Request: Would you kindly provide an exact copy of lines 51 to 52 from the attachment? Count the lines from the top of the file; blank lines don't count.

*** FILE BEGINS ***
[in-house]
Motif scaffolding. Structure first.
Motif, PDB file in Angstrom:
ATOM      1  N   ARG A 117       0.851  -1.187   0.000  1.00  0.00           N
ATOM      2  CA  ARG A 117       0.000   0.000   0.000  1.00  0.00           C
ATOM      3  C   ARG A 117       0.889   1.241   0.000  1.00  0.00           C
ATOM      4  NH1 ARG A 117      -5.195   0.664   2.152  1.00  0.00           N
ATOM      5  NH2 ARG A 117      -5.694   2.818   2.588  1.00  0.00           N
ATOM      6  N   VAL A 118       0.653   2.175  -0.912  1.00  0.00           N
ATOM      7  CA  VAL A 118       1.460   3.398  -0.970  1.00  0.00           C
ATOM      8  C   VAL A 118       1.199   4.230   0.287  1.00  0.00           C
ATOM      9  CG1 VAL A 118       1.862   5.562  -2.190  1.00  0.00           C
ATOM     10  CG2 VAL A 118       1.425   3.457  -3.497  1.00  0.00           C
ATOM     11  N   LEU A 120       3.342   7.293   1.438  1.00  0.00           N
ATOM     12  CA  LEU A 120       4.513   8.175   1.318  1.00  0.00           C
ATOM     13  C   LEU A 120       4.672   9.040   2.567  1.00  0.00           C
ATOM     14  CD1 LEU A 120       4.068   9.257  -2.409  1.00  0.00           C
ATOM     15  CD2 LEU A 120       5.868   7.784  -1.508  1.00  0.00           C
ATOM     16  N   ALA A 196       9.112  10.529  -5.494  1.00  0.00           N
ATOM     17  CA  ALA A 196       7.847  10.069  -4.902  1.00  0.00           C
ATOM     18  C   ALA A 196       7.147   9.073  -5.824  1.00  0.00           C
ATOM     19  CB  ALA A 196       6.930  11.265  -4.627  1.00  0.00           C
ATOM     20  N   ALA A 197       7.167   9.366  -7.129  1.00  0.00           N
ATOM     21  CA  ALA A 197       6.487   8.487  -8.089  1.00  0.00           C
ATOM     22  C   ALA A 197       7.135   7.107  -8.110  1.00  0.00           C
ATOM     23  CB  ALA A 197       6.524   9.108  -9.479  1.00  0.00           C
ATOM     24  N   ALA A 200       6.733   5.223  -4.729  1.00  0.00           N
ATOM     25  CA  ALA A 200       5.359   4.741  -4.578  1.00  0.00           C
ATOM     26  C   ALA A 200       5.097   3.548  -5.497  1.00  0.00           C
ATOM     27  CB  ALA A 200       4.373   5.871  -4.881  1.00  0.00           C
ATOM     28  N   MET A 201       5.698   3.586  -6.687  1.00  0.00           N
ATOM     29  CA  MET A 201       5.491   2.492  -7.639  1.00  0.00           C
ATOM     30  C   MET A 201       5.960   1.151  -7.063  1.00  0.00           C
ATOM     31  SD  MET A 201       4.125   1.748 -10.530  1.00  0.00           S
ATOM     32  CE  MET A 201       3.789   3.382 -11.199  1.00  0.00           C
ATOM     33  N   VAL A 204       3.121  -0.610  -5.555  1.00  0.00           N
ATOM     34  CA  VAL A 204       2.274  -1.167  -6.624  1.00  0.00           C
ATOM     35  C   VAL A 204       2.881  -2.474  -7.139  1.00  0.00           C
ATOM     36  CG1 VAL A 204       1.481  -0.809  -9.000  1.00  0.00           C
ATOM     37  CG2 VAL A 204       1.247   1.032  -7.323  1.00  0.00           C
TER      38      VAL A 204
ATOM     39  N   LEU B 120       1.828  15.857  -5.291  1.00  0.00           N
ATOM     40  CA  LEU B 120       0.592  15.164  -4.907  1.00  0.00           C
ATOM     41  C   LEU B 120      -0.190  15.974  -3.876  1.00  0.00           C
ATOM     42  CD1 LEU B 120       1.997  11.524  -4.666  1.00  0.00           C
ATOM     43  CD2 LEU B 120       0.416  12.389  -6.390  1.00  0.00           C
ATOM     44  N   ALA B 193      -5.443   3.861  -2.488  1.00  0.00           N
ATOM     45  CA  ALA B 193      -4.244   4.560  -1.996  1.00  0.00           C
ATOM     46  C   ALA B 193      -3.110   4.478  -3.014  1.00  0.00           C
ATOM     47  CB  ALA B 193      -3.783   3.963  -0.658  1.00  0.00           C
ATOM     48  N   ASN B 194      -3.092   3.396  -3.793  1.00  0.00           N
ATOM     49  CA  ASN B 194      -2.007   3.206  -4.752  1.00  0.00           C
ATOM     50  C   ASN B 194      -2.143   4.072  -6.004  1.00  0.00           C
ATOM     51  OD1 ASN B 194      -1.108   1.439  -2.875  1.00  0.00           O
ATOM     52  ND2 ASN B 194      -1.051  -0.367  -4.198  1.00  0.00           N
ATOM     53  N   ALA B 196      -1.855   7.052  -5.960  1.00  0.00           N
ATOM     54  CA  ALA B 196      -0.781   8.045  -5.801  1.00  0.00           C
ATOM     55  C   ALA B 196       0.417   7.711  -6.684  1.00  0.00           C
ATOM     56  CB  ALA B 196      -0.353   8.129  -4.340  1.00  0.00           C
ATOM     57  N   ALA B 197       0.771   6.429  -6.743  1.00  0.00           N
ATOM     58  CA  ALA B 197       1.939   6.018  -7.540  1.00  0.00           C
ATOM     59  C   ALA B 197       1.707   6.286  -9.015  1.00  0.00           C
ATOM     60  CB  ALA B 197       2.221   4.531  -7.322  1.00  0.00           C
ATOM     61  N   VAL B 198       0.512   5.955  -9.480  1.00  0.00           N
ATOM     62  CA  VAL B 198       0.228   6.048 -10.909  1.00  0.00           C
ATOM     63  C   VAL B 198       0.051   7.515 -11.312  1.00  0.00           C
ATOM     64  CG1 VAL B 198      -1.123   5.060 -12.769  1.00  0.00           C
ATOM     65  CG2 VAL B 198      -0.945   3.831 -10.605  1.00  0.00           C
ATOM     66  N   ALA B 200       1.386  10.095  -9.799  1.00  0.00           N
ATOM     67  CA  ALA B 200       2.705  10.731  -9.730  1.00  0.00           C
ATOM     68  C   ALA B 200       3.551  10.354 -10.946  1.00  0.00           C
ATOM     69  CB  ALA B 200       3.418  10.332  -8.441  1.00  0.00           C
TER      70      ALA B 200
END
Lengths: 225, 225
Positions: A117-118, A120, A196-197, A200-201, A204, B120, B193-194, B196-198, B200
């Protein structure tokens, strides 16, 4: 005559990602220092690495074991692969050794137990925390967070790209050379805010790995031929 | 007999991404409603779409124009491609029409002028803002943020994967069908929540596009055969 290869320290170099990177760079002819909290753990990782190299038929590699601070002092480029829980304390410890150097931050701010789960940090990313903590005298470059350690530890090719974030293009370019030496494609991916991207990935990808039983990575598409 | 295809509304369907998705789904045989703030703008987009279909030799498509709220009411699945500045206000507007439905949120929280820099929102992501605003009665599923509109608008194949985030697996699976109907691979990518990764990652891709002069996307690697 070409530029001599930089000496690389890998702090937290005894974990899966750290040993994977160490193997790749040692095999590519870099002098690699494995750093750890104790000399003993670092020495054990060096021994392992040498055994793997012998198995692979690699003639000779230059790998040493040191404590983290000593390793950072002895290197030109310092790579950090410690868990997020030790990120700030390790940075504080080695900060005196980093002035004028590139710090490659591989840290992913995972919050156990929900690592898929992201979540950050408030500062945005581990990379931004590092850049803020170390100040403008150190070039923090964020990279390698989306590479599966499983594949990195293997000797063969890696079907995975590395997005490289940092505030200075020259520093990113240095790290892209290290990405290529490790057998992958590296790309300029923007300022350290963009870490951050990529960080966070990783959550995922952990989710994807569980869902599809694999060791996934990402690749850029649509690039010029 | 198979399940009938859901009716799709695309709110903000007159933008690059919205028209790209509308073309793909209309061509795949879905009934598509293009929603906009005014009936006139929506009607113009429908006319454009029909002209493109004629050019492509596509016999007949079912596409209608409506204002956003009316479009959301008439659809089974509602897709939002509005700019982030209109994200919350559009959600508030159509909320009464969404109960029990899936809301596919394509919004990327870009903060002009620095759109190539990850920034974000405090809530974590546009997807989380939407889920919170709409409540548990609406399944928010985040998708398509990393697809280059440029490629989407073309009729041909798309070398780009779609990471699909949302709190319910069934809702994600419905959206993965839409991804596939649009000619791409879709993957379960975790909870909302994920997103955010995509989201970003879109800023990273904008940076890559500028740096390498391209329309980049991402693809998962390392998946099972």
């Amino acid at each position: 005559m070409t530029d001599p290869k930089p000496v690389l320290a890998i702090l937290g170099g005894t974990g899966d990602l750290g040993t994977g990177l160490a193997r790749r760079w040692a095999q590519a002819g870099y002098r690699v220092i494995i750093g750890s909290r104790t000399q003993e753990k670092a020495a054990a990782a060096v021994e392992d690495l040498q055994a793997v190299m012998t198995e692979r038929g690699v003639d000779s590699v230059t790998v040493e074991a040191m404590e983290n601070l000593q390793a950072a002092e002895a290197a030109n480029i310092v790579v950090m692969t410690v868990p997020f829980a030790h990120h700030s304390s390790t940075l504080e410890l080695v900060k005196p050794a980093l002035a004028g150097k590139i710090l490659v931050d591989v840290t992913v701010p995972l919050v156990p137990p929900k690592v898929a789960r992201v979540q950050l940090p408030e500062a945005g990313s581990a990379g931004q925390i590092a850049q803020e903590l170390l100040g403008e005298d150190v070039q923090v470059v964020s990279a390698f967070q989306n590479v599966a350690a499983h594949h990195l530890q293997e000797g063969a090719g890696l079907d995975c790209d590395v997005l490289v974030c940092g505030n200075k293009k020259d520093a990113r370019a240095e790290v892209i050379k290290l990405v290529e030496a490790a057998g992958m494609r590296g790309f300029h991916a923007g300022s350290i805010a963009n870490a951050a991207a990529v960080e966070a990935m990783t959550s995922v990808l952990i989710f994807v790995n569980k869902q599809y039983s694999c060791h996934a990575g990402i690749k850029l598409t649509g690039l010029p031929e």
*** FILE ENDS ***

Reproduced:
ATOM     48  N   ASN B 194      -3.092   3.396  -3.793  1.00  0.00           N
ATOM     49  CA  ASN B 194      -2.007   3.206  -4.752  1.00  0.00           C